Anyway, for those in Canberra who have a high definition tuner and want access the new WIN HD service, you will need to adjust your digital TV receiver's settings. The easiest way is to note on what station you receive the SD version of WIN (UHF Channel 65 or 788.5MHz for Tuggeranong and Western Creek, VHF 11 or 219.5MHz for those with direct reception from Black Mountain Tower), go into the receiver's settings menu, select the 'manual' search option and key in the channel or frequency as appropriate, then hit search. The tuner will find two stations, entitled 'WIN TV Canberra' and 'WIN TV HD'. These are generally numbered 8 and 80 respectively.

If you would rather re-do the whole tuning, I strongly suggest that you find the 'Factory Reset' option first and use this to zap all the current settings. Then when you do the scan you won't double up on stations (some tuners don't handle this at all elegantly).

DVD Recording convergence, or LG goes quad - Thursday, 18 March 2004, 1:22 pm

For the last couple of years I've been arguing that the multitude of recordable DVD formats (DVD+R, DVD-R, DVD+RW, DVD-RW, DVD-RAM) do not threaten a repeat of the Beta/VHS wars of two decades ago. To put it simply, unlike the competing VCR formats, all recordable DVD formats fit into the same hole. All the rest is details.

LG DR4812W DVD recorder Previously my point has been partially proven by Sony's DVD recorders, the RDRGX3 ($AUS1,399) and the RDRGX7 ($AUS1,699), which support DVD-R, DVD-RW and DVD+RW, and the Toshiba D-R1 ($AUS1,499 -- DVD-R, DVD-RW, DVD-RAM), and any number of multi-format DVD burners for computers. But today a new consumer DVD recorder from LG Electronics has just lobbed into my office. The LG DR4812W supports four formats: DVD+R, DVD-R, DVD+RW and DVD-RW. By 'support', I mean it will record to all four of them. I haven't opened the box yet, so I don't know how well it does this, but this remains an impressive achievement. The price looks good too, at $999, and this includes a DV input which many entry level models don't have. Okay, I just got it out of the box and it looks a lot more attractive than my picture implies, with a mirrored lower half. One downside on facilities: the back panel video input is composite video only. There is S-Video, but this is only on the front panel, which leads to ugly cabling if you want to leave it permanently connected to a digital TV receiver for recording.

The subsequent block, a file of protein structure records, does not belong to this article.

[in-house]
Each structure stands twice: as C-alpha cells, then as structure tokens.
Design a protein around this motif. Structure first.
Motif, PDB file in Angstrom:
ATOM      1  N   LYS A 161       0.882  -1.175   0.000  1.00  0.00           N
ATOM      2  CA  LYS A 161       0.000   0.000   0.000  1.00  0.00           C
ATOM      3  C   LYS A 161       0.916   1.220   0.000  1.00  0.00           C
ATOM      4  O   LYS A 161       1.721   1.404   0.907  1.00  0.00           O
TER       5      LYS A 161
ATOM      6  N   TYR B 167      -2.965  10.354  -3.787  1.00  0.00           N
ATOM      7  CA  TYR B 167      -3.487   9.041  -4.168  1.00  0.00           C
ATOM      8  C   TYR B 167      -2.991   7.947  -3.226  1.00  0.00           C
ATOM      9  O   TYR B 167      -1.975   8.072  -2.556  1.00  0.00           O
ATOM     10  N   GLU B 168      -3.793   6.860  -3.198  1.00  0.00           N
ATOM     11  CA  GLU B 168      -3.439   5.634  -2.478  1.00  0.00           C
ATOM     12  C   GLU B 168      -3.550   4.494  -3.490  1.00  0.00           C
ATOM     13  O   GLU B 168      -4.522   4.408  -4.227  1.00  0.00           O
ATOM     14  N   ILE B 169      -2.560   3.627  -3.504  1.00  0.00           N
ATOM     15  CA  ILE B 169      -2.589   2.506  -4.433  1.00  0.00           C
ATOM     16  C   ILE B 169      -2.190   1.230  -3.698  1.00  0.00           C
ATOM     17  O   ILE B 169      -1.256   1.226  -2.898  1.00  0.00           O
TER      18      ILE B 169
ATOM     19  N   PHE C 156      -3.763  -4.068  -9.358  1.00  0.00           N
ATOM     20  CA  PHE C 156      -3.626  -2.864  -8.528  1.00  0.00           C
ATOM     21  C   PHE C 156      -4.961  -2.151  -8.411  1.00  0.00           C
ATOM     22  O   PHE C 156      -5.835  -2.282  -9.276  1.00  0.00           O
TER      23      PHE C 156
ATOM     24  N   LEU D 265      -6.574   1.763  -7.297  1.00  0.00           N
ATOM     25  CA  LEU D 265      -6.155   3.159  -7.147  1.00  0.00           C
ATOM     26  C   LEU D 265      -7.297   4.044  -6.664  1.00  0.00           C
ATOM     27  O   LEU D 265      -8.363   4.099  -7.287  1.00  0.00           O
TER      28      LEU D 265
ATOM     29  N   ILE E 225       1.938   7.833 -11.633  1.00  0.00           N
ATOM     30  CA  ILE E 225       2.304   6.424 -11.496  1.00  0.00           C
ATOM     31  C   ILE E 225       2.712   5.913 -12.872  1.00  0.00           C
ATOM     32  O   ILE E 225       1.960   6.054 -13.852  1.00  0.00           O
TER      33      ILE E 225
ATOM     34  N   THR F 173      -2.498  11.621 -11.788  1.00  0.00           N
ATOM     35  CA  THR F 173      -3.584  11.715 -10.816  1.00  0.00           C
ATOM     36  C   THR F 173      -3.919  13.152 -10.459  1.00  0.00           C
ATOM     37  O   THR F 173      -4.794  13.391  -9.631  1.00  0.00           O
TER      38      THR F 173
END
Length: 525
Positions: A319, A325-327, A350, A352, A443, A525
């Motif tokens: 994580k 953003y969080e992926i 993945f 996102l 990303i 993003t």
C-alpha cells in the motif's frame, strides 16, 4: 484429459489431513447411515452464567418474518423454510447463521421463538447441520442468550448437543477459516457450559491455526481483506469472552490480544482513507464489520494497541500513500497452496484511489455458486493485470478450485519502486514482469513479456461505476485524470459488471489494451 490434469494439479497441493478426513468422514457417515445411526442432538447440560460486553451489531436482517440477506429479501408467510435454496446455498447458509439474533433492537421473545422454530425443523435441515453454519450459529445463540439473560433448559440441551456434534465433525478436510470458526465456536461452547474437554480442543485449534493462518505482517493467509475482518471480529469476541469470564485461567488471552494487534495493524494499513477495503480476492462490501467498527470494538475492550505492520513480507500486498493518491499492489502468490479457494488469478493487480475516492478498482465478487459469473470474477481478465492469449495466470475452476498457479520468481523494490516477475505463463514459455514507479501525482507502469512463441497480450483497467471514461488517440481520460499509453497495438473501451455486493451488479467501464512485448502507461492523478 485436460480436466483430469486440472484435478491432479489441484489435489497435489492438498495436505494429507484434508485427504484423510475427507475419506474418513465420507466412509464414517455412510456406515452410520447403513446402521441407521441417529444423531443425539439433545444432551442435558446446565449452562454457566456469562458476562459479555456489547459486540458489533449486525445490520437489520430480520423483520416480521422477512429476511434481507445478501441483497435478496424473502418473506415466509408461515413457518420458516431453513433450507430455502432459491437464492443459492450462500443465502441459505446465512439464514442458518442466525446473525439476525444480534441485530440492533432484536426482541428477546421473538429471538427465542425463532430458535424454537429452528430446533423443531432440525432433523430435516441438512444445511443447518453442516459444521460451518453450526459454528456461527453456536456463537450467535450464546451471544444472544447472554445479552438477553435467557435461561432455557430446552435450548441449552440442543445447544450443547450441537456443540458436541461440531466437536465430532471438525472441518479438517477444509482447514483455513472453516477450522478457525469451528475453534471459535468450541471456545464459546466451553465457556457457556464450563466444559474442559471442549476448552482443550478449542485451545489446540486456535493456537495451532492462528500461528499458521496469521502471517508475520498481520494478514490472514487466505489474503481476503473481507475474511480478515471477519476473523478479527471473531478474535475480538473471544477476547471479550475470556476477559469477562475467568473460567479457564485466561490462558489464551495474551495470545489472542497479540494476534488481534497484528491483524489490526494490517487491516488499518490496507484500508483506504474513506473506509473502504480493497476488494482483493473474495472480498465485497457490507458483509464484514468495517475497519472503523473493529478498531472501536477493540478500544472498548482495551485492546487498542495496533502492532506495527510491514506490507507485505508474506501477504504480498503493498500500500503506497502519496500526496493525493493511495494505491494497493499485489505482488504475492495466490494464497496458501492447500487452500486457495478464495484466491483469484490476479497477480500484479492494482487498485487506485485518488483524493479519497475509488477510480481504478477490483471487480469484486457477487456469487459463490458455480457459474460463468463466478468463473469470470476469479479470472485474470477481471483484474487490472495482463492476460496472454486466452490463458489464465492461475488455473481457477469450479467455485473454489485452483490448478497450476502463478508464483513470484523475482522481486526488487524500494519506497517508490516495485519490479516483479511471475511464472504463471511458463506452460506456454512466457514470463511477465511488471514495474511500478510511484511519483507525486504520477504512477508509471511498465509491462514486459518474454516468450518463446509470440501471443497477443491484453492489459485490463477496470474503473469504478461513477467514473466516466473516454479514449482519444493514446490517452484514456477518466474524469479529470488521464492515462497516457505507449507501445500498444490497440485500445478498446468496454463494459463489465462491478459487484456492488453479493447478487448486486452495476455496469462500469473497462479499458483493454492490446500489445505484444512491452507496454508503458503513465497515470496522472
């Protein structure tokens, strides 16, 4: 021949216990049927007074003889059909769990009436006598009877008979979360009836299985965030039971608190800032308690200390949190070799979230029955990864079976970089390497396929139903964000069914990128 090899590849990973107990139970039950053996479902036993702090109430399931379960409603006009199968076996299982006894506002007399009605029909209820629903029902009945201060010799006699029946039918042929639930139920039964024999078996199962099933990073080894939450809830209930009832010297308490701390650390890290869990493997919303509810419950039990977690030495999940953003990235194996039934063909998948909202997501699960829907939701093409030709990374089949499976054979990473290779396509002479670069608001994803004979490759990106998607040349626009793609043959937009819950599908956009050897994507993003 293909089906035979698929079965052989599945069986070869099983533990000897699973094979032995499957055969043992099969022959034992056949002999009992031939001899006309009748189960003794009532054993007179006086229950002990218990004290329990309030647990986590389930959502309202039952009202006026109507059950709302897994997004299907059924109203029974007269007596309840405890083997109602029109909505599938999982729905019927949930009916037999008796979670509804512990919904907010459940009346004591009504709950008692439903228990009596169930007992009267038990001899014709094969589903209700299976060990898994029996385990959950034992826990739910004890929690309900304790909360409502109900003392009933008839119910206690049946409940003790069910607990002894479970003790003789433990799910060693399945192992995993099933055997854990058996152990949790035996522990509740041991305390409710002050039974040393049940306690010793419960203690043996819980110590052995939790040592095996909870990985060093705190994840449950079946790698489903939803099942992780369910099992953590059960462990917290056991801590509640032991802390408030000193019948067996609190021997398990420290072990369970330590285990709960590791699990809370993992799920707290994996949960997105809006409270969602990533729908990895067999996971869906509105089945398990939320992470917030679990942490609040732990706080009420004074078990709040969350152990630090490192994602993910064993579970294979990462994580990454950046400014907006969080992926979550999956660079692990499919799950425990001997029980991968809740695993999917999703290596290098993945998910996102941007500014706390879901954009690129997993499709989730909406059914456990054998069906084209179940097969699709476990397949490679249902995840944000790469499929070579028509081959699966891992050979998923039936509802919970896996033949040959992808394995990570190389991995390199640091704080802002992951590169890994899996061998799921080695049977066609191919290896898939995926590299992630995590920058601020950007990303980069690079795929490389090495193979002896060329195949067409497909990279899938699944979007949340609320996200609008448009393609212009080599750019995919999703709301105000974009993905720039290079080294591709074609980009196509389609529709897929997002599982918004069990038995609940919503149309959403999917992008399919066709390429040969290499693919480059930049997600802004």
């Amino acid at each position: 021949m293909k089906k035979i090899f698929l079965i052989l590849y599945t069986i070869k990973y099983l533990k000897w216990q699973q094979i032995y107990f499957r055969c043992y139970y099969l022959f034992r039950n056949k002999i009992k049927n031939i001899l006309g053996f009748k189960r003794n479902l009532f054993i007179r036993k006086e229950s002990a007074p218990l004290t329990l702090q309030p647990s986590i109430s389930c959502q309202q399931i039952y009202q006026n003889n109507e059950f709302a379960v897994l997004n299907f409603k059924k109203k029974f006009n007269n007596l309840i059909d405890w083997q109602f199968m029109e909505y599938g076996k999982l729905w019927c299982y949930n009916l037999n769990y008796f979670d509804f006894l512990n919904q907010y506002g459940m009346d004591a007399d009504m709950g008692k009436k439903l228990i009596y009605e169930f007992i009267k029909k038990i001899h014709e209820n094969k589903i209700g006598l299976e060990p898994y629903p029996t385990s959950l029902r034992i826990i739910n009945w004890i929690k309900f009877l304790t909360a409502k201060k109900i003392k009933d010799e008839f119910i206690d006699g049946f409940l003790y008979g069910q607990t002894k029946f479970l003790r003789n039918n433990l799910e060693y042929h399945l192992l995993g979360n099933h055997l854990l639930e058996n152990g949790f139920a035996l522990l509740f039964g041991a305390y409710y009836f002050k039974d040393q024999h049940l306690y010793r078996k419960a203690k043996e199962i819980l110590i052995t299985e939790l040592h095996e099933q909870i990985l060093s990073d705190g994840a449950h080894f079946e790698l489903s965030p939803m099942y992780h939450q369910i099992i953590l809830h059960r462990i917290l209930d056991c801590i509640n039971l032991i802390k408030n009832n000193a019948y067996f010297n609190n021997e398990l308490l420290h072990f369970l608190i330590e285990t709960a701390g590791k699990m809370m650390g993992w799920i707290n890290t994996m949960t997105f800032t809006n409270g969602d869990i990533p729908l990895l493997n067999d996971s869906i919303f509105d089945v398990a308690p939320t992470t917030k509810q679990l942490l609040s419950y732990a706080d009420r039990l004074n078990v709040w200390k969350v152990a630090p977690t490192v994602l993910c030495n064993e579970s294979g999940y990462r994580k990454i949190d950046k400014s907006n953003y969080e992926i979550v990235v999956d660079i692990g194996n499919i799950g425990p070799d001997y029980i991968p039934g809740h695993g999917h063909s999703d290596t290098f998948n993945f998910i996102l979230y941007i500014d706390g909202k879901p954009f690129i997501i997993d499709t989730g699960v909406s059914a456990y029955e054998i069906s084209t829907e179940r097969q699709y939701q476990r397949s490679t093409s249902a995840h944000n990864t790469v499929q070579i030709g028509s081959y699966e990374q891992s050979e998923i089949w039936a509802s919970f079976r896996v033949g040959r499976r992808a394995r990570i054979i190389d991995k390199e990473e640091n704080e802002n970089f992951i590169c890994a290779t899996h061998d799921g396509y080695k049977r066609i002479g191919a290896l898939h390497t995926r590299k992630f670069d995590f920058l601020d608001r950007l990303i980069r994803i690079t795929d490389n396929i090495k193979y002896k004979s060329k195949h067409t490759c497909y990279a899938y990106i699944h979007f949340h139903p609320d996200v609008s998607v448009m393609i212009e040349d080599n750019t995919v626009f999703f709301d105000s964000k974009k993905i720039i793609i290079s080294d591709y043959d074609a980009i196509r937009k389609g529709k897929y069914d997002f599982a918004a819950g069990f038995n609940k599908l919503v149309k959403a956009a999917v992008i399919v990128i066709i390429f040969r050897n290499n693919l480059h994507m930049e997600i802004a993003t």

Come 20 May, LG's DR4922W will come out at $1,099. This one adds a slot for various flash memory cards.

Euro-NTSC - Thursday, 18 March 2004, 10:20 am

The other day my brother, who is somewhat of an Austria-phile, was pondering his collection of DVDs of the annual Vienna New Years Day concerts. As he says:

Each year it is released on a different label although the content is always sourced from ORF (the Austrian ABC).

1987 - Sony.
1989 - Deutsche Grammophon.
2000 - EMI.
2001 - Teldec.
2002 & 2003 - TDK.
2004 - Deutsche Grammophon.

The weird thing is that out of all of these DVDs both Deutsche Grammophon are in NTSC. The others have an NTSC version for the US and a PAL version for Europe. A quick check on Amazon.uk reveals all the DVDs released by Deutsche Grammophon are NTSC - but this is a German company??? Strange.

So why would Deutsche Grammophon do all its DVD releases in NTSC when it is a German company (Germany is not just a PAL nation, but the home of PAL). Here are a couple of possible explanations.

First, if a company wants to keep its inventory small by carrying just one format, yet sell in both Europe and the US, then it's wise to encode NTSC rather than PAL. The reason is that the majority of TVs sold in Europe (and Australia) over the last ten years will display both PAL and NTSC, while most TVs sold in the US will display NTSC, but not PAL.

Ordinarily I'd say that DG still ought to provide us PAL-people the best possible quality (ie. PAL), except for one thing. If DG used film rather than video to record, then the transfer to PAL involves a 4% speed increase and, consequently, a 4% pitch raise (the 24 frames per second of the film are simply transferred, one-to-one, to the 25 frames per second of PAL video). Since DG is primarily a classical music record label, pitch accuracy may well be higher on its list of priorities than video resolution, so perhaps they chose to go NTSC for the sake of the audio. It is possible to do film to PAL conversions while preserving the audio's pitch, but this can result in video that has the dual disadvantage of suffering from NTSC-like interlacing, without the redeeming feature of being effectively corrected by the enormous amount of equipment designed to minimise NTSC interlacing.